3. Hartshorn also relied on Supreme Court decisions and authorities that only apply in the Supreme court and which do not apply in the National court
  4. The original injunction was made ex-parte and given a return date to be argued inter partes. The simple and correct procedure was for any variation in the order to made at that inter parties hearing. Instead Hartshorn has grabbed control of the case and made his own orders without any legal precedent.
  5. In order to get the matter into his Court Hartshorn had to first make another erroneous decision. He ruled that the matter was a commercial matter and therefore could be transferred to his court. But the case is clearly not a commercial case in the legal sense as it is a case brought by the landowners over environmental damage and the dumping of poisons tailings into the Fly river.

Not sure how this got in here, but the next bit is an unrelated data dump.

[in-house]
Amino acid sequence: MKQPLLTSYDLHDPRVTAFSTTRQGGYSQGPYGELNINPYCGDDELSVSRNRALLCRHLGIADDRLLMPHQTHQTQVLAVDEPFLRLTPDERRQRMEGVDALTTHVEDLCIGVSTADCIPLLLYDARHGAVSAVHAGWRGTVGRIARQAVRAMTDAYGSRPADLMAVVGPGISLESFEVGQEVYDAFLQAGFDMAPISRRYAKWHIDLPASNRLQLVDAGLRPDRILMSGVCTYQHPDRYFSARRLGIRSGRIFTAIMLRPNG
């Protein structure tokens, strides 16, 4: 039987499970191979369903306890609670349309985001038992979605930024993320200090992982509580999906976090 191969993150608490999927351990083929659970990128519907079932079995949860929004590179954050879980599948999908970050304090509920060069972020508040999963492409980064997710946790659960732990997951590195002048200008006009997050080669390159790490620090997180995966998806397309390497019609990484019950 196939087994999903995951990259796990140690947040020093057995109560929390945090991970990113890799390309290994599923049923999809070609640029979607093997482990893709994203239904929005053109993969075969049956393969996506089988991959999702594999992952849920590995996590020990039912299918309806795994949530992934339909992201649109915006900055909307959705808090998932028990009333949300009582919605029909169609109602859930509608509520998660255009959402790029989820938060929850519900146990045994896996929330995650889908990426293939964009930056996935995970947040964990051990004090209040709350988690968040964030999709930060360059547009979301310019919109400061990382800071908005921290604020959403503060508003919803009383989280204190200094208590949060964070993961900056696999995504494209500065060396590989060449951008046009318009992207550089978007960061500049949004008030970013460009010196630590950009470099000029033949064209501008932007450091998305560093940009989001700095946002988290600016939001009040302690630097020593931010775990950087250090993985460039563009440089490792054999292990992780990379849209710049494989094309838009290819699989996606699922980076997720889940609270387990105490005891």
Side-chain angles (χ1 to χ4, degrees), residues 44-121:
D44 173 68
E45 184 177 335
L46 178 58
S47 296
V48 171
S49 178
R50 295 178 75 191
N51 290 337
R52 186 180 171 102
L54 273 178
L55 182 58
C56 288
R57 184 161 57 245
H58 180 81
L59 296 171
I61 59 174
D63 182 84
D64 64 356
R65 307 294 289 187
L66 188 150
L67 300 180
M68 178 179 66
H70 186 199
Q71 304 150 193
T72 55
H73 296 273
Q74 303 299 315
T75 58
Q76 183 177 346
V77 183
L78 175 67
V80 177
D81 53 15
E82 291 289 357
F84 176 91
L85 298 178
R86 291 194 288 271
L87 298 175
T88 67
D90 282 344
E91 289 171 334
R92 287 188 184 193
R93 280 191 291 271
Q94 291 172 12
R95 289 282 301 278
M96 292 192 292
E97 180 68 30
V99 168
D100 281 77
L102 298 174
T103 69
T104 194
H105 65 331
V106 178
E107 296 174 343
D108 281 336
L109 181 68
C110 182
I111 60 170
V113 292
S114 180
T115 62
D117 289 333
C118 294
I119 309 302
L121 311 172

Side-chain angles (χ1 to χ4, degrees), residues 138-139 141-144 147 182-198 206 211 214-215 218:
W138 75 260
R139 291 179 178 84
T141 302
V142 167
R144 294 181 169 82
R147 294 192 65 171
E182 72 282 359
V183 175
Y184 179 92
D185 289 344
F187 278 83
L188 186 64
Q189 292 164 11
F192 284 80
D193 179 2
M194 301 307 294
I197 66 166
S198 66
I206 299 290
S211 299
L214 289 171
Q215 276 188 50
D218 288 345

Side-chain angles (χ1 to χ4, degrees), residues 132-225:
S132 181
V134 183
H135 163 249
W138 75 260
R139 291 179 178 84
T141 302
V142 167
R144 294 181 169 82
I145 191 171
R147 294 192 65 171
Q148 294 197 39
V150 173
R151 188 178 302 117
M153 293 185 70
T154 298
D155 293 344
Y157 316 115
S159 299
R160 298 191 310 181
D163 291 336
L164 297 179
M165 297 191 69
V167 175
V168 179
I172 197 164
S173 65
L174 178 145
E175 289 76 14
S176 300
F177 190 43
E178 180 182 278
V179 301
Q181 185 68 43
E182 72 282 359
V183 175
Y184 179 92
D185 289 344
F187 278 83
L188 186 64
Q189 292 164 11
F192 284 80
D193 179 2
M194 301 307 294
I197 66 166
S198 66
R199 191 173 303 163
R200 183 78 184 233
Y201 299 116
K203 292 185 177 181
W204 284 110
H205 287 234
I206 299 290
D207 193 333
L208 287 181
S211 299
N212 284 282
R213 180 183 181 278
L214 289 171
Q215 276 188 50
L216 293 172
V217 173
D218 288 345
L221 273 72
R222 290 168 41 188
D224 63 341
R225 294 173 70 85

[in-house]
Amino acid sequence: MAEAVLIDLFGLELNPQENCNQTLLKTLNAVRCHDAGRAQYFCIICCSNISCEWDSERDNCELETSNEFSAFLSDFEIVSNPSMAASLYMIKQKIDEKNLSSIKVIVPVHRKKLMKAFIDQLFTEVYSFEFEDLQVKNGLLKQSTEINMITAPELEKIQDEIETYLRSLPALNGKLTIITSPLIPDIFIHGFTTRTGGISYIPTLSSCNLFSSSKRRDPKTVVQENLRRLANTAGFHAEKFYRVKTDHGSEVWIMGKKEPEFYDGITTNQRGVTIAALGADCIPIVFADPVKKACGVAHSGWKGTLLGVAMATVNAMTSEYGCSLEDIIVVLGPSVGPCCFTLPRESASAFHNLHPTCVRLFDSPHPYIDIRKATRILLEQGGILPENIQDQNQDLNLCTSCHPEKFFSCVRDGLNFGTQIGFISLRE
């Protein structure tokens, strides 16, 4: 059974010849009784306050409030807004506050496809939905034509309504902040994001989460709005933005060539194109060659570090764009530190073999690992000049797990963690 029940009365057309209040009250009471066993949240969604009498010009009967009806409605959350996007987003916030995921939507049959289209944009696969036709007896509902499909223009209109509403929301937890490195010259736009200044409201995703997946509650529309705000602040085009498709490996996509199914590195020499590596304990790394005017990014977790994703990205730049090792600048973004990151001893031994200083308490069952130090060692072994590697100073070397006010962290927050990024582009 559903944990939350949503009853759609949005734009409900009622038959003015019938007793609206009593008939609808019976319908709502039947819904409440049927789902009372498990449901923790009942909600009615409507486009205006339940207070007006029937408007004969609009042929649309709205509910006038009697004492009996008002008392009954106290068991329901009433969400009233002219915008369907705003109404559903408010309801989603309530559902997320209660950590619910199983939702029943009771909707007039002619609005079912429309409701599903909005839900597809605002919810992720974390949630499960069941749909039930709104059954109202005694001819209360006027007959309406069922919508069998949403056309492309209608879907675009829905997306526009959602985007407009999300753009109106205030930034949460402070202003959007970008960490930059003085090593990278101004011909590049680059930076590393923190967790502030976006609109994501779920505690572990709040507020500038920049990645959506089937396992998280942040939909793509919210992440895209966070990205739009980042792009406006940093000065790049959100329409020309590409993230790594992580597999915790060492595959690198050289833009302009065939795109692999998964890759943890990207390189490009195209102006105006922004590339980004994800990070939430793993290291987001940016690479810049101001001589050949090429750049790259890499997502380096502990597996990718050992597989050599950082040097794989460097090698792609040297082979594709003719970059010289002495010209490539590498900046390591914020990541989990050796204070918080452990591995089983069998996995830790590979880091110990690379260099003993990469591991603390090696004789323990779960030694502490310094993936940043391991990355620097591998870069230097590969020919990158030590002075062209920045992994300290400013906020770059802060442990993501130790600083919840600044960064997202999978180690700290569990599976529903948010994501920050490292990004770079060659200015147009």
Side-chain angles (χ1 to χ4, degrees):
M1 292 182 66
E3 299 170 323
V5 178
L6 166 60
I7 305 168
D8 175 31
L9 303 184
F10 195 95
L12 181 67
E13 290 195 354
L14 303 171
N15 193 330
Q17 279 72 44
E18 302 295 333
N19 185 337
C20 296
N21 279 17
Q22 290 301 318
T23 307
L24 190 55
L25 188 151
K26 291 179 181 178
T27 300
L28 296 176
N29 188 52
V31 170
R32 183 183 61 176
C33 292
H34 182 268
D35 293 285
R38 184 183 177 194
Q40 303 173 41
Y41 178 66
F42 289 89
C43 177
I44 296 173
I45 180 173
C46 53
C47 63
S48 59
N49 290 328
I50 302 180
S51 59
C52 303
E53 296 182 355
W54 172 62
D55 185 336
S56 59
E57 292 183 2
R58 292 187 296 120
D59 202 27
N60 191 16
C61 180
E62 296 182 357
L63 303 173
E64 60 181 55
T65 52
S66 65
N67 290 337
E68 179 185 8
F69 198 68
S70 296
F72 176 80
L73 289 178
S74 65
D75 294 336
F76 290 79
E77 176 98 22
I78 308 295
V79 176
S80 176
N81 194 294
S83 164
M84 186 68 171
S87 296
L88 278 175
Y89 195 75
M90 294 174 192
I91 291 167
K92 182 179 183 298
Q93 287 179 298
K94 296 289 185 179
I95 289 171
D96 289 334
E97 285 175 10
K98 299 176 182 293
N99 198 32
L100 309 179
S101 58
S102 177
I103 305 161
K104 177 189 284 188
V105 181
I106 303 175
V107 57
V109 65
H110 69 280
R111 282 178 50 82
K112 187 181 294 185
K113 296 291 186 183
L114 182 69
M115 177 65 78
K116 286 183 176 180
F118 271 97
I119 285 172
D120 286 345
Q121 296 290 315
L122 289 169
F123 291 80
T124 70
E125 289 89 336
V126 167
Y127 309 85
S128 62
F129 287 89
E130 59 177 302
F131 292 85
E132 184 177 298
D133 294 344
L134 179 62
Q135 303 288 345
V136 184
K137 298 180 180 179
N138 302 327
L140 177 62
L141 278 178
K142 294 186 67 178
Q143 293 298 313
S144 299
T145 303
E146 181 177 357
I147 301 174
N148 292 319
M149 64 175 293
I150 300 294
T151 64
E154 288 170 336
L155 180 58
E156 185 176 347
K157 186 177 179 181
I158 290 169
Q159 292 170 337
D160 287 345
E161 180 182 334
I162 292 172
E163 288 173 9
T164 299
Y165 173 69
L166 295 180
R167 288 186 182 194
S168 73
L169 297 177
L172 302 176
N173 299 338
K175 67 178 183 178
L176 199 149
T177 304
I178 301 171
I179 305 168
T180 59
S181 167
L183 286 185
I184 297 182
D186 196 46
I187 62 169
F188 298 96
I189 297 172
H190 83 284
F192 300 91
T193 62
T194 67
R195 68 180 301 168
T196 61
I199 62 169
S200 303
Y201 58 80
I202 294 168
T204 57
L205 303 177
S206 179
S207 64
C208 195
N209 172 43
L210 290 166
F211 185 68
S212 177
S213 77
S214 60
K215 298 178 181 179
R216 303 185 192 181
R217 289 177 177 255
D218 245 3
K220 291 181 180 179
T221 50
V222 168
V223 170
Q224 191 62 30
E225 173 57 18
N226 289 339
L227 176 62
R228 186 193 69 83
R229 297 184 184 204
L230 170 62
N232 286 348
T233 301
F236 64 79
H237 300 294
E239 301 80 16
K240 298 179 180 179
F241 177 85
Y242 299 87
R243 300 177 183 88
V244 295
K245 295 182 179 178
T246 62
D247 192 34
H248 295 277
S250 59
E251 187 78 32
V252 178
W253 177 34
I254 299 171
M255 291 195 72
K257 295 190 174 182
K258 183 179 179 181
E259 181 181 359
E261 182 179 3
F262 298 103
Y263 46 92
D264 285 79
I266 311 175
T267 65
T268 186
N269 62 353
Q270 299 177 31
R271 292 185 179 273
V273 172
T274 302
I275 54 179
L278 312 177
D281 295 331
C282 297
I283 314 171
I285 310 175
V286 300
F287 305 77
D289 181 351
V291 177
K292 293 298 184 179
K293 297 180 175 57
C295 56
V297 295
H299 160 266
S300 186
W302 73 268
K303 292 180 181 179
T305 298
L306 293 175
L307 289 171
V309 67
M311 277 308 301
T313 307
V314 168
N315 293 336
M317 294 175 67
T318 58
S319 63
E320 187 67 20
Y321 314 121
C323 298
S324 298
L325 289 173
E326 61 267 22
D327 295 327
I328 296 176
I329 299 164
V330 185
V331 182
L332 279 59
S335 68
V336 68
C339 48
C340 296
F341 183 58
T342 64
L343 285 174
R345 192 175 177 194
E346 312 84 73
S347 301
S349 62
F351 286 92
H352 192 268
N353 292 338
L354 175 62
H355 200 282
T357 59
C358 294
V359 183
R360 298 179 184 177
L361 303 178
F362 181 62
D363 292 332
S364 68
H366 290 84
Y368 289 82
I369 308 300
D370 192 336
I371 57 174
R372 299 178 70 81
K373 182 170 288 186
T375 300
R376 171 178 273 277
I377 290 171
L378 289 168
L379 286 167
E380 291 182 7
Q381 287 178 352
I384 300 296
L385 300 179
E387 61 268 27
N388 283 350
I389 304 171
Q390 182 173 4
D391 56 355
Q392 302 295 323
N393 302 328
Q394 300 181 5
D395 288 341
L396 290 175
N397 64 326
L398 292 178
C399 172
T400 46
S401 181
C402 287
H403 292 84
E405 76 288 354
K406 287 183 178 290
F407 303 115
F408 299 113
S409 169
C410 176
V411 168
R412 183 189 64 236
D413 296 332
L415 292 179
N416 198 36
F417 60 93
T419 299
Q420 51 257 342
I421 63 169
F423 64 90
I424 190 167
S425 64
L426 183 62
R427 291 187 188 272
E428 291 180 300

6. Hartshorn heard the case and made his decision without the mining company – the central player in the litigation – even being present or having any legal representation! The company had only just been served with a notice of the proceedings but Hartshorn refused to adjourn the matter to allow them to be present and heard.

To compound this litany of abuse, Allens, the legal firm instructed by Kua to appear for the State of Papua New Guinea, are also the long servicing legal representatives for Ok Tedi Mining Limited – putting them in a gross conflict of interest situation where they are acting for the regulator in a case brought by the landowners for gross environmental damage caused by another of their clients.

Even worse, there is other litigation currently before the courts in Port Moresby where Allens are acting for Ok Tedi Mining Limited in a matter instigated by the company AGAINST the Minister for Mining, the Minister for Finance and the State.